Photo: my own.

There seems to be no uniformity of experience for me to share with you. Not even about the tobacco. In one wearing with a light scent application, the variety of tobacco aromas were briefly supplemented, somewhat early on (around the 2nd hour) by the aroma of an expensive, unlit Cohiba cigar. (There was no cigar aroma in my other tests.) Adding to the weirdness, the tobacco later fused with everything else, changing the character of Jeke 2022 from the 7th hour onwards.

In essence, the tobacco was submerged under clove-ish spiced earth, a lot of amber, caramel swirled with vanilla, and the powerful “immortelle” maple syrup echo. In its long drydown stage that begin around the 12th hour, Jeke 2022 was a honeyed, spiced (clove and cinnamon) earthiness with vanilla, a woody amber synth, and lingering traces of maple syrup that eventually died away completely in the 18th hour. At that point, all that was left was spiced, golden, dry-sweet earthiness.

Arbeg scotch. Source:

Another test, my second wearing (4-5 smears), was quite different. Jeke 2022 opened as I described above with a complex tobacco accord, a layered liquored accord, “vetiver,” “fenugreek” and dried herbs, clove-ish spiced earth, honey, no immortelle, woody-amber synths, a muted splash of caramel, and charred wood smoke with  incense. The tobacco wafted a plethora of different facets until the 2.5 hour mark when it turned purely dirty, like a wad of raw tobacco that’s been chewn, spat out, and left on the ground to leak its juices. Then, it changed again, an hour later. It fused with the now-peaty “vetiver,” the smoke, and whatever is in the complex liquor combination to powerfully recreate the aroma of a peaty, smoky, earthy Islay single-malt scotch. The “Islay scotch” bouquet didn’t last long, but I enjoyed it while it did. (Although, the strong and ongoing “fenugreek” herbal aroma was a weird accompanying touch.)

There were other differences in this test, too, from my first wearing. For example, there wasn’t really a distinct caramel note; only honeyed sweetness lurking under the dominant notes. The impression of fenugreek and dried green herbs lasted almost straight until the drydown began around the 14th hour. The vanilla only really showed up then. While the varying and fluctuating rum, whisky, or whiskey aromas lasted longer on my skin during this test than the others, they still only endured about 5 hours on my skin. With regard to the caramel, vanilla, and even a lot of the boozy notes, they were either secondary or tertiary to the dominant tobacco, “vetiver”-like, smoky notes. The latter simply overwhelmed everything else like a battering ram or a big, gulping whale.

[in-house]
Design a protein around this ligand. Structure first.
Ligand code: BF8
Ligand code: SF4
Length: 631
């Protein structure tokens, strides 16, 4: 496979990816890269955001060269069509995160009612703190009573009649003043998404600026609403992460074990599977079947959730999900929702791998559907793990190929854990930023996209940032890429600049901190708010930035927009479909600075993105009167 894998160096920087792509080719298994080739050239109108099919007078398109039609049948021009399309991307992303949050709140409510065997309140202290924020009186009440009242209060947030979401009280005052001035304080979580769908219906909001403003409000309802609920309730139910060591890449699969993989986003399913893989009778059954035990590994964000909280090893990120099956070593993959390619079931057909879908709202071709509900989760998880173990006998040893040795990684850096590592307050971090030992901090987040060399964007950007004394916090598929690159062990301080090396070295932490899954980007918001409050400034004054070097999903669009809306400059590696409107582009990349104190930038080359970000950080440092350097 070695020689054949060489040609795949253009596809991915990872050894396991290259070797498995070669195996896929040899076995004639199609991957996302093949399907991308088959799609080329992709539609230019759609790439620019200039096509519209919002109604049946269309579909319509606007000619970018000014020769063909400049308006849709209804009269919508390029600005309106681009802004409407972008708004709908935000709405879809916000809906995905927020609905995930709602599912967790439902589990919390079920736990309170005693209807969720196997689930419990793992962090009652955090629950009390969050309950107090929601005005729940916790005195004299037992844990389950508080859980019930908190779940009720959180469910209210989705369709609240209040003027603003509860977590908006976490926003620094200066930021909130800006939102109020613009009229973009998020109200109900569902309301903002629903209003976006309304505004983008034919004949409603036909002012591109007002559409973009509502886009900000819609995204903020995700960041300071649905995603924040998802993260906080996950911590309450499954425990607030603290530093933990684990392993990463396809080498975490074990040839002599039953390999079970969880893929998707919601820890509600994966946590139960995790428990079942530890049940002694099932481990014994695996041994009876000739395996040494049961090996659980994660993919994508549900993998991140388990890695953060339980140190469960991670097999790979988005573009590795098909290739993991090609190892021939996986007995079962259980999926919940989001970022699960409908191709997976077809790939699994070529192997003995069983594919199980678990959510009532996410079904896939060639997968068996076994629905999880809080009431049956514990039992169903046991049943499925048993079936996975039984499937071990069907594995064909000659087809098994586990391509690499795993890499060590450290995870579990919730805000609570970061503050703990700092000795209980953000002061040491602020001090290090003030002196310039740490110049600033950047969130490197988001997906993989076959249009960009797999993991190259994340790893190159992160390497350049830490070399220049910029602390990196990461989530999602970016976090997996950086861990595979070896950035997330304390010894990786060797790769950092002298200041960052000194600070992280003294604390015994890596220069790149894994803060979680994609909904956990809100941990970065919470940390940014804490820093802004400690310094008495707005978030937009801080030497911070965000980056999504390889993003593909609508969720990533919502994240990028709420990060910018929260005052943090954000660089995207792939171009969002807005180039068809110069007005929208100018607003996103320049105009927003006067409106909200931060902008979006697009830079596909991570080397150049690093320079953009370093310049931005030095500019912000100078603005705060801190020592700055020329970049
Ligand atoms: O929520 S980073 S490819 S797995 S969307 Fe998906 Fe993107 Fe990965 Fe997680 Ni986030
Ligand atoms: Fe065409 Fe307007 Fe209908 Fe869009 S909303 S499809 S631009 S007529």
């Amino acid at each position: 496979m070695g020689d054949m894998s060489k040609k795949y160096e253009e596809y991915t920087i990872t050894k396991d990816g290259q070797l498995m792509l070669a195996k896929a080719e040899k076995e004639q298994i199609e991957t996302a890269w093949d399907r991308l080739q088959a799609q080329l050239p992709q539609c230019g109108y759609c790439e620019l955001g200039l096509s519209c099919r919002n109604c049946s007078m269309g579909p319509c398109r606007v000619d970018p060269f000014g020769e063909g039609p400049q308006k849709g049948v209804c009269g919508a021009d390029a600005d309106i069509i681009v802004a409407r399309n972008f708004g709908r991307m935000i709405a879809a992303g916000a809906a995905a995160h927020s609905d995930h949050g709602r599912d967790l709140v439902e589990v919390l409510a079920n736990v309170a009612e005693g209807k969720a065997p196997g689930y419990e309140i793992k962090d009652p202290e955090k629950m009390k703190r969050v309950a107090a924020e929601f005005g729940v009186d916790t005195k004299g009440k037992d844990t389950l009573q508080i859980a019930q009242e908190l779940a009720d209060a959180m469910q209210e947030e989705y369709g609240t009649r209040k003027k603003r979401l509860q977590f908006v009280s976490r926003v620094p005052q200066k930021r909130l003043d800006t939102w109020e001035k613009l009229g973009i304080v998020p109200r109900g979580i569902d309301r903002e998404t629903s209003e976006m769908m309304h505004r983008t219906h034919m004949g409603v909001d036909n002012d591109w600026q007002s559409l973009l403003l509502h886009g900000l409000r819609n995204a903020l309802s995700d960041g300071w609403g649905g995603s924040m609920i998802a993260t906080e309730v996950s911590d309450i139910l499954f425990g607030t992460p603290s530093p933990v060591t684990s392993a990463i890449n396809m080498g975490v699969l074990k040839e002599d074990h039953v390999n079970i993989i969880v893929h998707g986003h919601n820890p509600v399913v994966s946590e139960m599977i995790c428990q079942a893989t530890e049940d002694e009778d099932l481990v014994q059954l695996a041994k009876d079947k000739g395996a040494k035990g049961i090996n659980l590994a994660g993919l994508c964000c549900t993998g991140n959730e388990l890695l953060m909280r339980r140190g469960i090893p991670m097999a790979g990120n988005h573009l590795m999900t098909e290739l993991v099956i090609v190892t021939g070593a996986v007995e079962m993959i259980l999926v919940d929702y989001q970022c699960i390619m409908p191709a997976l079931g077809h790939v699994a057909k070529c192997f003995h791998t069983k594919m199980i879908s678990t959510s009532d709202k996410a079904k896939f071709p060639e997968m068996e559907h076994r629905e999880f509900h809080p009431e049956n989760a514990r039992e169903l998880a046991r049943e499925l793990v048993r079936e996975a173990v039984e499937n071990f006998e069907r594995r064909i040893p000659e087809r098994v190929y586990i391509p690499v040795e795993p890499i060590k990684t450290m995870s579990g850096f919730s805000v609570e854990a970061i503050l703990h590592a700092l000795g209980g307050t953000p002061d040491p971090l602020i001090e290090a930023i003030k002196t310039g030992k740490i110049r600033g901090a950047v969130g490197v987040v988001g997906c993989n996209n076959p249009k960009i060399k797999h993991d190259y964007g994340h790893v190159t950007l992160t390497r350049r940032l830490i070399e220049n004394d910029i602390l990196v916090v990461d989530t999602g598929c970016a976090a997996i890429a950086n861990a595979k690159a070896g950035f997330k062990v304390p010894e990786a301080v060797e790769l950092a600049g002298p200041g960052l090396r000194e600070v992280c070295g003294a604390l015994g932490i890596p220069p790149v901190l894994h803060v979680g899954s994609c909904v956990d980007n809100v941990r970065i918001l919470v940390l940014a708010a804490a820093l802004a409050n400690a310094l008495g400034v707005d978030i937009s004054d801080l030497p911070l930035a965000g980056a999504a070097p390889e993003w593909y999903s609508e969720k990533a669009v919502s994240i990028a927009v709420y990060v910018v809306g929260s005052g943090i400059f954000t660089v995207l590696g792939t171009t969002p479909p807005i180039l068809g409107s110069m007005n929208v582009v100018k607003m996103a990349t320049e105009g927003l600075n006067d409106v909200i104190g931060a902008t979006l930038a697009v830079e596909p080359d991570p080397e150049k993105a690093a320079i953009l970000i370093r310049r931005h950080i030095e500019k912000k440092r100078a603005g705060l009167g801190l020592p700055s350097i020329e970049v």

Photo: my own.

In my third test, which is ongoing as I write, I wanted to make doubly sure about certain aromas or the recreations thereof. I applied about 3 huge smears, equal to a bit more than 2 sprays from a bottle; I also applied it to the top of my hand this time, not my forearm. This third test, thus far, has aspects of the two other ones, at different times, but also something quite new: a pronounced, overt woody-amber synth in the base that rises to the top in a noticeable way 2.75 hours into Jeke 2022’s development. It’s smoky in a way that differs from my first test where it also appeared. It’s raspy in character, scratching my throat and rendering it scratchier with every passing hour. It’s also very arid in terms of the type of smokiness it exudes.

On top of all that, the vagaries of Jeke’s prismatic nature somehow landed me, from late in the third hour until this moment at the start of the 5th hour, in the middle of what is predominantly (like 75%) “fenugreek” and charred wood smoke, sewn together by “vetiver” (with a fistful of spiced earth from who knows where strewn on top). I am not a fan of “fenugreek” with arid smokiness. I have no idea where this scent will lead me this time around, but it’s quite clear that it’s unpredictable in its developments.